How hotels create the WTF . customer experience

hotels create experience


hotels create experience

I know a lot about the hotel.

I have stayed in a hotel between 110 and 150 nights per year for 15 consecutive years.

Some were great. Others, conspicuously less.

But what I like about hotels is that they are incredibly fascinating laboratories for customer experience options. You see, nothing is random in a hotel. Every rack, light switch, and pointless bedside phone had been placed there after much brooding by several groups of people.

We talk about customer experience a lot in business, even here at Convince & Convert . But I think we tend to overcomplicate it. Customer experience (CX) is simply “the way we make our customers feel”. These collected impressions are crucial to the success of any hotel brand, because in the end, it’s just a bed in a room.

The boom in hotel brands over the last 5 years – 10 years has been spectacular. Just as ABInBev pushes dozens of Bud Light variants into the market, the major hotel companies (Marriott, Starwood (now incorporated), Hilton, Hyatt and IHG) continue to create new children’s brands to appeal to tighter and more niche markets.

There are a number of “design-focused” hotel brands that give guests the experience/feel of sleeping in a modern art museum.

There are a number of “Millennial-focused” hotel brands that deliver the guest experience/sleep sensation in your college dorm, if everyone in your dorm is cool and likes beer. handmade.

All of these brands offer a signal-generating CX option. Each of these signals is intended to call guests…” You are at the right place. You are with your tribe. You are the type of person who appreciates a wall above your bed. And so, you’ve made a wise choice, weary traveler. ”

Millennial hotel brands like Moxy and Aloft don’t mind me too much. They are set up to offer maximum flexibility in the room, with furniture that can slide around, nice couches (as research shows that young Americans avoid working at a lame desk), takeout options, etc

Redesigning hotels is another story. In theory, I should love them. I’m a pretty creative person, and pretend to be a savvy aristocrat even though I’m from a small town in the Arizona desert. These must be my people, and my hotel brands.

However, in reality, they always let me down and down because these brands champion “vibe” over “function” and that creates what I call WTFCX (“Customer Experience”). Fck).

If you have to explain your CX, it’s not good

11 years ago, I started my first blog. (Before I even started this blog, it recently celebrated its 10th birthday.) My blog is on Tumblr and it’s called “Why Complicated?” Like many Tumblr themes, it is a simple, photo-based premise. Every time I visit a hotel, I post a picture of the shower control. I started this adventure when I was really forced to call down to the front desk for directions.

I am a rather sensitive person. I’m not a very do-it-yourself person, and certainly not a plumber. But, if, after careful consideration, I can’t figure out how to make the water appear, it’s an overly complicated system.

I dropped “Why So Complicated” after a year or so, and forgot all about it. Until last week.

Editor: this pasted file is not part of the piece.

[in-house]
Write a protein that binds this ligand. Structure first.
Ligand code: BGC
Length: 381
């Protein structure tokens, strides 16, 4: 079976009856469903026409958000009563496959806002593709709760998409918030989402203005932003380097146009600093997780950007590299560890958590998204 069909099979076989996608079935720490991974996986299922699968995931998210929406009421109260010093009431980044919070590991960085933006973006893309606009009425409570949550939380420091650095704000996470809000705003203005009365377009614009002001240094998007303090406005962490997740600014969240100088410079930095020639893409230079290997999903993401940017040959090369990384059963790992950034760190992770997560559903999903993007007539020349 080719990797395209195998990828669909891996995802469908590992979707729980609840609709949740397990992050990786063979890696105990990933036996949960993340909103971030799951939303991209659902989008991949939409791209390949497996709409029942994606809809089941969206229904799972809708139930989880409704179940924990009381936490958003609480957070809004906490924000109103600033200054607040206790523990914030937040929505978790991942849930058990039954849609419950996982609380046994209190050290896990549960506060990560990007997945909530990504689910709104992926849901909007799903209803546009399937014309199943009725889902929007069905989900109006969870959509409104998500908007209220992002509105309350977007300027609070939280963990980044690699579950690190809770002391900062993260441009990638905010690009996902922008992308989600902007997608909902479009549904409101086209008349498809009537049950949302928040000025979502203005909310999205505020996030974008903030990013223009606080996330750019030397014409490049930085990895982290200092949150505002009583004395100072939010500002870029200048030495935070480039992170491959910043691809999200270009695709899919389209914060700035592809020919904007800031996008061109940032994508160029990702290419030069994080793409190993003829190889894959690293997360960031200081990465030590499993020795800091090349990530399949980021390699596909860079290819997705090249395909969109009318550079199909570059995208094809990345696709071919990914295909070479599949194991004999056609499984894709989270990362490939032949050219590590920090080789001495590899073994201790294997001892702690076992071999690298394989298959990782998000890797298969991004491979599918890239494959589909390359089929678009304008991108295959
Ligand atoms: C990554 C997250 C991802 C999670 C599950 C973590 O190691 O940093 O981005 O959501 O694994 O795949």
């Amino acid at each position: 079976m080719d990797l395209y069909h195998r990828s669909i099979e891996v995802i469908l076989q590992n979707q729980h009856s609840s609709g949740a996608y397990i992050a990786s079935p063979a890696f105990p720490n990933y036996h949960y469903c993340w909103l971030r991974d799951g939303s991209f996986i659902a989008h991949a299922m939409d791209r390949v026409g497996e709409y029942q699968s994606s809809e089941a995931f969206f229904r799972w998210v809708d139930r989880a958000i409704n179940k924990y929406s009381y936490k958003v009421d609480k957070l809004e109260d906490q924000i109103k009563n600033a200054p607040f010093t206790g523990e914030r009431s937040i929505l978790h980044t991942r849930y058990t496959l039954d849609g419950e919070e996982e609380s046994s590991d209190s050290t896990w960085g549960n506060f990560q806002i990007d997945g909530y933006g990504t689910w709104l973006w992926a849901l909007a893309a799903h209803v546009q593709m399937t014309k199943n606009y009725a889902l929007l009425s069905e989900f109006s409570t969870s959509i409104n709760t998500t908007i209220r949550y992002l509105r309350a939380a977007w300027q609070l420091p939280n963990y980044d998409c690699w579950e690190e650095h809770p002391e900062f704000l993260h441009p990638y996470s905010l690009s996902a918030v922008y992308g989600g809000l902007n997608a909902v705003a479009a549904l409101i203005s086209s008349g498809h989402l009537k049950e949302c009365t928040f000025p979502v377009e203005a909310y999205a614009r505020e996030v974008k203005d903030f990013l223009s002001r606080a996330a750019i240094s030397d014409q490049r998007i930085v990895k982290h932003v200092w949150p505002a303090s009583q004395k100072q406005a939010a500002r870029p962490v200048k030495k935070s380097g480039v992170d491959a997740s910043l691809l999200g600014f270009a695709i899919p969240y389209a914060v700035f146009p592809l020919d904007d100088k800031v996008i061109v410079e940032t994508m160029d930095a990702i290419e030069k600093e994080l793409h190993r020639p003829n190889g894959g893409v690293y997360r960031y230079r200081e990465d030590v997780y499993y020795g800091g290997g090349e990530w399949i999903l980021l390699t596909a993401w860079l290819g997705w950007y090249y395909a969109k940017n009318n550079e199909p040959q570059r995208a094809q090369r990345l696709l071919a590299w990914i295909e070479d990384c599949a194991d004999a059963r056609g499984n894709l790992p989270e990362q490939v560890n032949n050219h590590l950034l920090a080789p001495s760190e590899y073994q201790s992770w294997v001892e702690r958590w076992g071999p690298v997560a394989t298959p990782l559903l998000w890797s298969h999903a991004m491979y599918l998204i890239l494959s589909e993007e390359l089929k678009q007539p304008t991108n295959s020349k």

explain customer experience

WTFCX Returns

In the excellent Venn diagram of CX hotel brand choices, “luxury hotels” and “design hotels” intersect in the loo.

Shower controls in design hotels are often “minimalist” and therefore difficult to decipher. After all, only the folds need to be labeled hot and cold. Fancy hotels go the exact opposite route, while producing the same result. “Look at this luxury! Can you believe how many gilded handles and tubes we have installed for your comfort! ”

Recently, I stayed at a luxury hotel in Florida. A quick glance into the bathroom becomes twice as laborious, as there seem to be an abundance of buttons and options. I returned my long-standing call to the front desk for a step-by-step shower. But upon further examination this time, I see… A-HA! A MINING MAP!

Yes, this hotel had SO MUCH PROBLEM with guests not being able to figure out how to shower for which they created an instructional infographic.

Yes, it makes sense to think right now, “Why didn’t they change the shower controls?” I suspect this is yet another in a multitude of customer experience decisions that are made with short-term budget in mind, rather than medium- and long-term customer satisfaction.

I present you here the actual treasure map:

Again, I’m not a super machine or anything, but the Treasure Map isn’t particularly helpful, especially when I’m faced with REALITY BATH CONTROL:

If you’re paying attention – as I’ve alternated between burns and freezing – you’ll notice that even with the map, the controls include fixture diagrams and help documentation.

WTFCX Treats Symptoms, Not Diseases

I think it’s safe to say that if you need a sign, plus printed instructions on the valve to operate the shower, the shower itself is already a customer experience dilemma .

What the hotel tried to do was fix the original CX problem by creating an infographic. It is prioritizing symptoms over disease and is a sign of WTFCX.

You probably don’t have something as serious as this in your business, but I bet you have something close by. What everyone in the company KNOW is a challenge for customers, but you keep doing it anyway. And instead of fixing it, you try to fix it. You map your own treasure and hope that the finger in the dike holds up.

You know better.

By Nguyen Manh Cuong

Nguyen Manh Cuong is the author and founder of the nguyendiep blog. With over 14 years of experience in Online Marketing, he now runs a number of successful websites, and occasionally shares his experience & knowledge on this blog.

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